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Problem

The 1920’s Inglis Building, at the Department of Engineering, has an archetypal saw-tooth roof with north-facing window lights. Prior to 2013 the roof began to leak and so was very much in need of routine maintenance.


Solution

Instead of just patching up the leaking roof, the Department of Engineering used this opportunity to explore different energy saving options through research. An undergraduate summer placement looked at modelling the fabric of the building. This provided recommendations for insulation improvements. Alongside this solar photovoltaic (PV) panels were installed on the south-facing slopes. The brick chimney at the top of the Inglis building provided a problem for the installation of PV panels, due to the shadow it cast over the roof. An Engineering PhD student, Canston Urayai, carried out some analysis and modelling in order to inform the best panels to install and in what orientation.

Based on what they learned from their students' detailed modelling, the department opted for a PV panel produced by Viridian Solar.

Installed in 2013, the energy roof has a mixture of string and micro-inverters. The micro-inverters generate slightly less power but are better at generating under shadow-cast conditions.

 

 “The micro-inverter includes thin-film technology that our Electrical Engineering Division's been involved in, so there's a nice link between our teaching and research and the commercial products that have benefited from the work we've done here.” David Green, Dept. of Engineering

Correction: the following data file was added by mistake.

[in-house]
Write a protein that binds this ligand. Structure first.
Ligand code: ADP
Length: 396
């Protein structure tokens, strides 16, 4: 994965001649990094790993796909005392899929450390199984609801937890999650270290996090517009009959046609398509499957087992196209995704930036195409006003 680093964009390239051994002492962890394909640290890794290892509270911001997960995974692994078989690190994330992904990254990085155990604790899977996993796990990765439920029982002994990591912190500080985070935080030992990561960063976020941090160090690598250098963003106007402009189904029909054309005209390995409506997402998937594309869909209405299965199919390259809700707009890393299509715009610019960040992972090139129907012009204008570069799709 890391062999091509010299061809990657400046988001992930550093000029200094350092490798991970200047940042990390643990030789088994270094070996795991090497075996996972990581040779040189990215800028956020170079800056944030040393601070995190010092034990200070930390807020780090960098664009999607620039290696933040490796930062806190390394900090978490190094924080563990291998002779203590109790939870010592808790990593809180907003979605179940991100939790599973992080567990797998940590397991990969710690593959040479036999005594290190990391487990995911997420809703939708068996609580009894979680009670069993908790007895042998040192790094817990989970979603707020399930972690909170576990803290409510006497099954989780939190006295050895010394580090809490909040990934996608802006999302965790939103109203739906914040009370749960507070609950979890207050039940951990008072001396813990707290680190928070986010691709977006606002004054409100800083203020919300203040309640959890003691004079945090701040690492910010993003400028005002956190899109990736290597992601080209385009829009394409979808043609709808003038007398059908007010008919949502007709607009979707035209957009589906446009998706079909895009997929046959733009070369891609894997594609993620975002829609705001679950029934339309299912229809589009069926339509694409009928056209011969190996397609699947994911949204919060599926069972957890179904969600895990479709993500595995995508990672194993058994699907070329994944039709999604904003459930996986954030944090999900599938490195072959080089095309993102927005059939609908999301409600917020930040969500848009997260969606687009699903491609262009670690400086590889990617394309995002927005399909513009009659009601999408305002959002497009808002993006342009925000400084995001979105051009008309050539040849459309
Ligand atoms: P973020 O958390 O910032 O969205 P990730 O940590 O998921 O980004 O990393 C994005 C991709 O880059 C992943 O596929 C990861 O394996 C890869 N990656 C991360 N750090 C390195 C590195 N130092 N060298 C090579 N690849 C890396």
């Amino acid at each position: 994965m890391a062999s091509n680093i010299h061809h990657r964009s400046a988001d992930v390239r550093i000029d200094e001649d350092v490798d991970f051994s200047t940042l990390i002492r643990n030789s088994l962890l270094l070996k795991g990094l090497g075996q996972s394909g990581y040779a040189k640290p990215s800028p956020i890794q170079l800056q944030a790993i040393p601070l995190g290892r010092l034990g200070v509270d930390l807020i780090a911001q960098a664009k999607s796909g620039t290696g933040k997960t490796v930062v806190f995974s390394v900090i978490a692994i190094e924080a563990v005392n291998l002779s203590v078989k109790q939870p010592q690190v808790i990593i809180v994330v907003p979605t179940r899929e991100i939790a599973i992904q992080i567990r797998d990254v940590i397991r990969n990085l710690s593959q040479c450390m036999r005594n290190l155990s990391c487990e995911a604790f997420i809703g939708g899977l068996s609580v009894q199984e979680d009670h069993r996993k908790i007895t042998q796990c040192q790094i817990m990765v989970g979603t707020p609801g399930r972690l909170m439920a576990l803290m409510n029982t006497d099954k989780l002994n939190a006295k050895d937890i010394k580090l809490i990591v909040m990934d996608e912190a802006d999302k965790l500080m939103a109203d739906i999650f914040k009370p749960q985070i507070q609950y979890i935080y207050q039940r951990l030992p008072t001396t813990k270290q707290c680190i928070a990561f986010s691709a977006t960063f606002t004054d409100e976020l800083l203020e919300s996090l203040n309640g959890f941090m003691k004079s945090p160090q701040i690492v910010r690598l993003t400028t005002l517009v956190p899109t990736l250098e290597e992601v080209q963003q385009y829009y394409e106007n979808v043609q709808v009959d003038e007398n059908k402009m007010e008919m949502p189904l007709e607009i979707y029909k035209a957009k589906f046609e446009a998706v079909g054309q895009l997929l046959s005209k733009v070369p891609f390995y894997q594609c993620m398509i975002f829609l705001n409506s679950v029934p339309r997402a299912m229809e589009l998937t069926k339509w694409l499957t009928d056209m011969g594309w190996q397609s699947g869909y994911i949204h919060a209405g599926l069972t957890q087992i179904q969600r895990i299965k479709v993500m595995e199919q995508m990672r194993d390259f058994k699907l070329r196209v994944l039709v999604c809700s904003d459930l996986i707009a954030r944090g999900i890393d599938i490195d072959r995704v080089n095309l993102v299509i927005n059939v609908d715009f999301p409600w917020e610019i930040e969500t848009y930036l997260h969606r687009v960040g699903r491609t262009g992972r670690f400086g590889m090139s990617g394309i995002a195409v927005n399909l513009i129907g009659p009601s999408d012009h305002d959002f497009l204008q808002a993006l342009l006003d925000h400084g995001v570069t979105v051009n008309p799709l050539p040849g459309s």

Impact

In the year following its installation, phase 1 of the energy roof on the Inglis Building generated 82,471 kWh, around 3% of the building's total energy use. As well as saving energy and carbon, the energy roof is providing important opportunities for the department's teaching and research, which in turn are helping inform decisions about similar projects elsewhere in the University.

The department is using the energy roof to form part of the third year undergraduate renewable energy course. The Environment and Energy section’s Living Laboratory project funded the software needed in order for students to model the installation and also think about the application of this to other University buildings.